I was honoured to be named entrepreneur of the year at the Elevator Awards at the Mercure Ardoe House Hotel, near Aberdeen. I say honoured because our small corner of the world is home to an outsized number of successful businesses run by the brightest minds.
It is inspiring that the region has so many great and growing businesses from brewers and gyms through to engineers and publishers.
For my part, there’s no way that I would have thought the small company Ronnie Scott-Brown, George Robb and I co-founded in 1983 would grow into a global asset manager running more than £300billion and employing thousands of people around the world.
A big part of how we’ve grown over the years is through acquisitions – in excess of 60 so far and counting.
All of them were motivated by a desire to strengthen the business by providing a better service to customers and clients.
The biggest thing I’ve learnt is that you can’t take anything for granted.
Former Intel chief executive Andrew Gove got it right when he said: “Success breeds complacency. Complacency breeds failure. Only the paranoid survive.”
It has been crucial for us never to rest on our laurels. The threat of competition never relents, whether that’s coming from your peers in the industry or new entrants.
The history books are littered with examples of companies that faltered because they didn’t stay live to the challenge posed by competitors or the changing market environment. Keeping your edge is easier than trying to regain it once it’s gone.
While all of the corporate transactions we’ve done have contributed to Aberdeen Asset’s success, some have been more noteworthy than others.
The acquisition of Aitken Hume in 1987 brought with it Hugh Young, who has helped to define us as a leading emerging markets house and shape our active approach to managing equity portfolios.
During the early noughties, we acquired a number of Scottish asset managers, including Murray Johnstone, Edinburgh Fund Managers and Glasgow Investment Management, which all helped to strengthen the business and introduced new talent to join our fund manager teams.
The acquisition of Deutsche Asset Management in 2005 virtually tripled our assets under management and provided us with a global platform to grow our institutional business.
In 2010, we bought various businesses from Credit Suisse which significantly increased the number of cross-border funds we marketed to private banks and the financial institutions.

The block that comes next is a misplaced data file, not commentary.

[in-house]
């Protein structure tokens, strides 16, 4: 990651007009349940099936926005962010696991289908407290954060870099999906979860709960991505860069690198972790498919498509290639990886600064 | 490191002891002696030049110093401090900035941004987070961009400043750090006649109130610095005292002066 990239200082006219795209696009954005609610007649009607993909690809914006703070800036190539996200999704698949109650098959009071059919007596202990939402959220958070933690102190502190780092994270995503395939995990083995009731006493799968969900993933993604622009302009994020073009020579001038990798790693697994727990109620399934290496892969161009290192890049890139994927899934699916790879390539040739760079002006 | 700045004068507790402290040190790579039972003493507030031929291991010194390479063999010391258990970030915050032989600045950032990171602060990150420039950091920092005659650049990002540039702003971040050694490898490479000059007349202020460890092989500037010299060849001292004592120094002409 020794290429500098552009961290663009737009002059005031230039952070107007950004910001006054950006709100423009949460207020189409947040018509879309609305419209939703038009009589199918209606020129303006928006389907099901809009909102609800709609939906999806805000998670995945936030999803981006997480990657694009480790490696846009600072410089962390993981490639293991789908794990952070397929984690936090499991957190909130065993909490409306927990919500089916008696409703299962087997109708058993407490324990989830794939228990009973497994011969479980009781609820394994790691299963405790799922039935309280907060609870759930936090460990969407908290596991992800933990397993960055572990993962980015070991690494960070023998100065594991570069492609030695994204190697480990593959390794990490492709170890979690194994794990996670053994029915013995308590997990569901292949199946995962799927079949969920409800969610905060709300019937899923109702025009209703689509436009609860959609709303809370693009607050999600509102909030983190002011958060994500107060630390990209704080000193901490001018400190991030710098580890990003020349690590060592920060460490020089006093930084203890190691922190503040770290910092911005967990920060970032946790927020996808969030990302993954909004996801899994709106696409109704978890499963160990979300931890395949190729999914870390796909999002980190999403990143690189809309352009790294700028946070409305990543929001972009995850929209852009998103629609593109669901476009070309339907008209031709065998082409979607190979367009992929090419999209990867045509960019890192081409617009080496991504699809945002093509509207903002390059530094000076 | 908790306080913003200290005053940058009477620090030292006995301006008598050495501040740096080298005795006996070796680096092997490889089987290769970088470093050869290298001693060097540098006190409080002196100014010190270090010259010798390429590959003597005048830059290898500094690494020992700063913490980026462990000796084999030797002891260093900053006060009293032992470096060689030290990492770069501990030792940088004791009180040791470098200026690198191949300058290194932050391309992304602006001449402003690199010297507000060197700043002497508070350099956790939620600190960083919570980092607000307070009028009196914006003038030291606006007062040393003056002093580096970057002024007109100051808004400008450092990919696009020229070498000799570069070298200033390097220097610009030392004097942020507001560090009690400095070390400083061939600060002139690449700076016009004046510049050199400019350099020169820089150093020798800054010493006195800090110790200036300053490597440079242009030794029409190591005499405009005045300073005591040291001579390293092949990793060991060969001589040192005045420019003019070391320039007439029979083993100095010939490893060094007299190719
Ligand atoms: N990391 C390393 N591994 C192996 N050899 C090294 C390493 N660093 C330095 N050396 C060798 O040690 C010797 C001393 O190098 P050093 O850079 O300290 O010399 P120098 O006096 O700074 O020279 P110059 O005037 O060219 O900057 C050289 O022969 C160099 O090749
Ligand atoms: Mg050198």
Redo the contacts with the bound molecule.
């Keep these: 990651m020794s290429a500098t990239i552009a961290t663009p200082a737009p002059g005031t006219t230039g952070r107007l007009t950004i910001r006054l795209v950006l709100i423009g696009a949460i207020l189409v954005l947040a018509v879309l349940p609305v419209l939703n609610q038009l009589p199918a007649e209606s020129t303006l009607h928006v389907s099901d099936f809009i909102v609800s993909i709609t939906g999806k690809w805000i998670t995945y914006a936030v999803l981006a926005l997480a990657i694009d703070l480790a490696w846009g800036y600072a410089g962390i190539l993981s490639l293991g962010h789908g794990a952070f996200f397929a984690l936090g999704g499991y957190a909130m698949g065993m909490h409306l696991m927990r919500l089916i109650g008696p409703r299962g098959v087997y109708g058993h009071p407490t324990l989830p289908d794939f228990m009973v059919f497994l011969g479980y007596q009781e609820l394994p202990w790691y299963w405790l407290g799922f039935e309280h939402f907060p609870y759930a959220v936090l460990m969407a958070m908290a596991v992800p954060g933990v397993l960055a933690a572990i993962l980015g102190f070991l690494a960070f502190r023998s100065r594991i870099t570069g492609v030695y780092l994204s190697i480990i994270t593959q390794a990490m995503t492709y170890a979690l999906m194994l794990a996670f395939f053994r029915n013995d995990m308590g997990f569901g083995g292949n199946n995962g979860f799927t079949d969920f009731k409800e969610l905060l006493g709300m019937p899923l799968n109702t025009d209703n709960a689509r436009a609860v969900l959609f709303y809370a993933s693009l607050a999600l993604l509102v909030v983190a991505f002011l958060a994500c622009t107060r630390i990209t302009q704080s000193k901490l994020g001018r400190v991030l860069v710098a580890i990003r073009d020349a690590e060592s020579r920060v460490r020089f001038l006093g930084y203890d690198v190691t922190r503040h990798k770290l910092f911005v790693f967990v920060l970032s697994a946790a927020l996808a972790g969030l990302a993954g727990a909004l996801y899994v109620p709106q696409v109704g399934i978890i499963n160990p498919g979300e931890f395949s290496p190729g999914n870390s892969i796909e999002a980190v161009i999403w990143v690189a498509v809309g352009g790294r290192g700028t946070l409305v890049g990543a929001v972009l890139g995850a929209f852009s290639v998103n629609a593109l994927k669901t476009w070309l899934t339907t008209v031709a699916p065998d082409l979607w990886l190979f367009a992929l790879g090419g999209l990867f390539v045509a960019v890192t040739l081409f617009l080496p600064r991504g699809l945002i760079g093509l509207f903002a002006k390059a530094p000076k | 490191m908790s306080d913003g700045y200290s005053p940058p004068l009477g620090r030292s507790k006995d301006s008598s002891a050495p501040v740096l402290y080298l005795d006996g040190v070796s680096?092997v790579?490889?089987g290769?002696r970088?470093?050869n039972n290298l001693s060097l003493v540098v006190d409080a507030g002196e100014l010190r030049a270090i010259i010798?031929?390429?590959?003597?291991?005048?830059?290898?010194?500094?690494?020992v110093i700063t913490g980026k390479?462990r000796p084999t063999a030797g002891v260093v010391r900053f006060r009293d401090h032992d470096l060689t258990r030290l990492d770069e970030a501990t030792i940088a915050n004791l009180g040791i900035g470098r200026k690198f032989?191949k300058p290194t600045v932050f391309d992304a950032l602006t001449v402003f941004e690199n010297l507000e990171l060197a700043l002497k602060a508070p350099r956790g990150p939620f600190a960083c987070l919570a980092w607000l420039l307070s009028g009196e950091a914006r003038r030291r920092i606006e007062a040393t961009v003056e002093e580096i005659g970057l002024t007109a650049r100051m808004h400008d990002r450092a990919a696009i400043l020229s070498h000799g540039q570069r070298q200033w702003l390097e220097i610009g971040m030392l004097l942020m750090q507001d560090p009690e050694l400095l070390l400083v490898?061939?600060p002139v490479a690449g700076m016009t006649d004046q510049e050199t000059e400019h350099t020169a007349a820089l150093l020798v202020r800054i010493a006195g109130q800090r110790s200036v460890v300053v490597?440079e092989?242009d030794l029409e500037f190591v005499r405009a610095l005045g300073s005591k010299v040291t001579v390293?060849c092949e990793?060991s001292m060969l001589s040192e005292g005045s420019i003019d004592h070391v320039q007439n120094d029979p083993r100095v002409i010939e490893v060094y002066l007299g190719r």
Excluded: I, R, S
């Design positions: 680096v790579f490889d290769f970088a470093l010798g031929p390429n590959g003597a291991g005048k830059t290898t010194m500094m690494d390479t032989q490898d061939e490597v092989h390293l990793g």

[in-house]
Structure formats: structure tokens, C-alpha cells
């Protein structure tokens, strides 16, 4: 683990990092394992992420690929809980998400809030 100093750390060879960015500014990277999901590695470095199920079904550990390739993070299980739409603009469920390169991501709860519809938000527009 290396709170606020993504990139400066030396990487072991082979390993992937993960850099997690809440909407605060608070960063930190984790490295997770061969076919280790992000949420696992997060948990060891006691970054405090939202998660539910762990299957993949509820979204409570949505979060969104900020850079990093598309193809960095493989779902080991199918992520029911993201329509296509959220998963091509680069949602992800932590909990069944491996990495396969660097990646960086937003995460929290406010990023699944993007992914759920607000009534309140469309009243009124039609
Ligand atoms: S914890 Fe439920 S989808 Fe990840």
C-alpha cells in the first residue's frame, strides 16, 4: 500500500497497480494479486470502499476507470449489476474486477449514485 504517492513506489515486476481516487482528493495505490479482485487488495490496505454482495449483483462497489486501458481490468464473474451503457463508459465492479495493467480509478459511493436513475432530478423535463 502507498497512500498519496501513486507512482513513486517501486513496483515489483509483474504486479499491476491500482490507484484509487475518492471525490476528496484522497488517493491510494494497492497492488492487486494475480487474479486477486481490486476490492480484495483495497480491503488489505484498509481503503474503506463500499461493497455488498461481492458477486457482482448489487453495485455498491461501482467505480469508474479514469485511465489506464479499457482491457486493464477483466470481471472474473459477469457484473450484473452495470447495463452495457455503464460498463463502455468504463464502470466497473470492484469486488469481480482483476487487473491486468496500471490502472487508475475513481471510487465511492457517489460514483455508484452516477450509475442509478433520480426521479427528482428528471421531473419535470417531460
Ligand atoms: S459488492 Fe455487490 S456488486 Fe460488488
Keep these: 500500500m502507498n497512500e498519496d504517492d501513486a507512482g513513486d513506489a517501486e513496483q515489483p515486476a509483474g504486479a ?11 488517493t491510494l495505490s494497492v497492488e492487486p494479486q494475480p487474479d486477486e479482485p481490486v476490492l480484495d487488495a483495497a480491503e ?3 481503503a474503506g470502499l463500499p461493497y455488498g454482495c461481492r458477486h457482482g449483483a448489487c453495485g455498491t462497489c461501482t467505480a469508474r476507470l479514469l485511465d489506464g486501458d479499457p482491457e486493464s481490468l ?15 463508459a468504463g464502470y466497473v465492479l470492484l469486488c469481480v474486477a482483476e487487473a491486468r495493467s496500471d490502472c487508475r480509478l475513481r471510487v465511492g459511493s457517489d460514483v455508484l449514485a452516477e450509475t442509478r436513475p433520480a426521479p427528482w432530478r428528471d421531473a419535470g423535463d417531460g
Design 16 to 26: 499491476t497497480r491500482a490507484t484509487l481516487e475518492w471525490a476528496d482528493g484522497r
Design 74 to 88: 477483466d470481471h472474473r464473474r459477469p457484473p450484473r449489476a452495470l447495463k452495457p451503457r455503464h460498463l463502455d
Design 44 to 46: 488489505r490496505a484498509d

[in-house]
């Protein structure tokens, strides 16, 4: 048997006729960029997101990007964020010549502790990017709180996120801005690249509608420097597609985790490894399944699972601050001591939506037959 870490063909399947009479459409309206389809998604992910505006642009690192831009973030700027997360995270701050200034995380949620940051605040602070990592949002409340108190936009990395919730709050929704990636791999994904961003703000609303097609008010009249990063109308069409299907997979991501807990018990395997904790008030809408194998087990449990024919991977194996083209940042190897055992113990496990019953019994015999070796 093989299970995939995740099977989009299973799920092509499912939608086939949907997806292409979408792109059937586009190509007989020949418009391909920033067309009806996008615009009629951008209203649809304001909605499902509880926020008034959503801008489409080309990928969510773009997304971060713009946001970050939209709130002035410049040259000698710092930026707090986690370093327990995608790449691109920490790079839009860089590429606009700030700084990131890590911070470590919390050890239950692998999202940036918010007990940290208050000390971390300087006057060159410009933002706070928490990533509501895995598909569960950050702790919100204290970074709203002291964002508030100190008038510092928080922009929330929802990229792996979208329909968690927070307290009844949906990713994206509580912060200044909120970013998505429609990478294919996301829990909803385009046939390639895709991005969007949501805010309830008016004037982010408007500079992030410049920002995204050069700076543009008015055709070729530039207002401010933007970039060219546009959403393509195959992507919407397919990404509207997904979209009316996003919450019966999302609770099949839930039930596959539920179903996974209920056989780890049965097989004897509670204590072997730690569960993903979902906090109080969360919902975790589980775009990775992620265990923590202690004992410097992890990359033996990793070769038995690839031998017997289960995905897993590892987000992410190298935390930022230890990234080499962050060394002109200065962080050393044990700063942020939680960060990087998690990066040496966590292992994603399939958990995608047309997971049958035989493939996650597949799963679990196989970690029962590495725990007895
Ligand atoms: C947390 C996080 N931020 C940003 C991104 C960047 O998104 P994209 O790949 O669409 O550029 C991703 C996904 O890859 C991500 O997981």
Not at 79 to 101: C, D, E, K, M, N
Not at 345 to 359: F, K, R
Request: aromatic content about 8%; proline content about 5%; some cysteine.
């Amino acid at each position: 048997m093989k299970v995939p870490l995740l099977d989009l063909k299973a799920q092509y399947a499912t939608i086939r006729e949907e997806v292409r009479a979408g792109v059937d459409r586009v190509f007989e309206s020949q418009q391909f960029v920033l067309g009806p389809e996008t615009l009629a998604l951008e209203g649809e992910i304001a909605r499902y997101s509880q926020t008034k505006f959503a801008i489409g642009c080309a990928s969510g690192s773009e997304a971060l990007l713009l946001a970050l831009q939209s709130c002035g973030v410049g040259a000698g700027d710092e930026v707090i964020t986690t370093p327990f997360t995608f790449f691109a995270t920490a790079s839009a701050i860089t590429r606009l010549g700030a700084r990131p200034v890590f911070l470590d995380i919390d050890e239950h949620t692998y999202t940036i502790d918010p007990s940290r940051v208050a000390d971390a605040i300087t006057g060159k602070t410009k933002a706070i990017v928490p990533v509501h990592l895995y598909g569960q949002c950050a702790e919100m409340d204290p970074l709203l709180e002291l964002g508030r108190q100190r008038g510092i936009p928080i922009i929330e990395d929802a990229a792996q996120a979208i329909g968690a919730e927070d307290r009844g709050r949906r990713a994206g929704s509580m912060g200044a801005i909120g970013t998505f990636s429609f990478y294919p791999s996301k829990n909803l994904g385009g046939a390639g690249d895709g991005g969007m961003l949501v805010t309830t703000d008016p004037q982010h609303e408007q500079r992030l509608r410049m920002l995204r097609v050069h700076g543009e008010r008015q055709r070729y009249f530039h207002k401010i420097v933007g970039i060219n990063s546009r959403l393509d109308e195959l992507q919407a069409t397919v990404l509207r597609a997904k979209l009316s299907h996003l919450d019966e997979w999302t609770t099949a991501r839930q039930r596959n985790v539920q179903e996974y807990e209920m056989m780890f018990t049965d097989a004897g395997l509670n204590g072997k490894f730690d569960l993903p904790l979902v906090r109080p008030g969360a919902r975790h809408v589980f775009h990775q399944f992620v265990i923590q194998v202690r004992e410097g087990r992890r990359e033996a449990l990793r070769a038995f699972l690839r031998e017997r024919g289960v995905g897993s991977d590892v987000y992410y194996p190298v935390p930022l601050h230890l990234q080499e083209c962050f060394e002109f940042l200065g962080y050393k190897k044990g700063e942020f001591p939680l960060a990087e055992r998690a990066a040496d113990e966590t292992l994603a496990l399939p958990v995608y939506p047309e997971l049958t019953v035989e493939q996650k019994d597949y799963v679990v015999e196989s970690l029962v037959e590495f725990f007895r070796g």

More recently, the acquisition of Scottish Widows Investment Partnership strengthened our fixed income, property and multi-asset capabilities.
All of these acquisitions and the organic growth Aberdeen has achieved over the years have helped us grow to where we are today.
But I’m not relaxing. The next chapter of our journey is our merger with Standard Life. It’s the continuation of what we started back in Aberdeen in 1983 and one of most exciting developments.
By combining Aberdeen Asset and Standard Life the two firms will be able to achieve more together than they could on their own.
We can do this because our respective investment capabilities and expertise complement each other’s.
The merger accelerates both companies’ ambitions as the deal is extremely complementary in terms of investment capability and distribution strengths.
Our combined business will have a market cap of around £11billion and oversee assets under administration of £660billion. We will be the largest independent asset manager outside the US.
The scale and financial strength of the company will mean we can attract and retain the best talent and invest in the business long-term.
The asset management industry is changing. It is facing various challenges, including the rise of passive investing, pressure on fees and increasing regulatory scrutiny.
At the same time, our role is getting bigger and bigger as the onus increasingly falls on the individual to save for their retirement.
The merger means we will better placed to help people achieve their financial goals by having a broader and deeper range of investment capabilities.
Some people tell me I’m paranoid because I have always spent so much time over the years thinking about how the industry is changing. But that’s my job – I’m paid to be paranoid.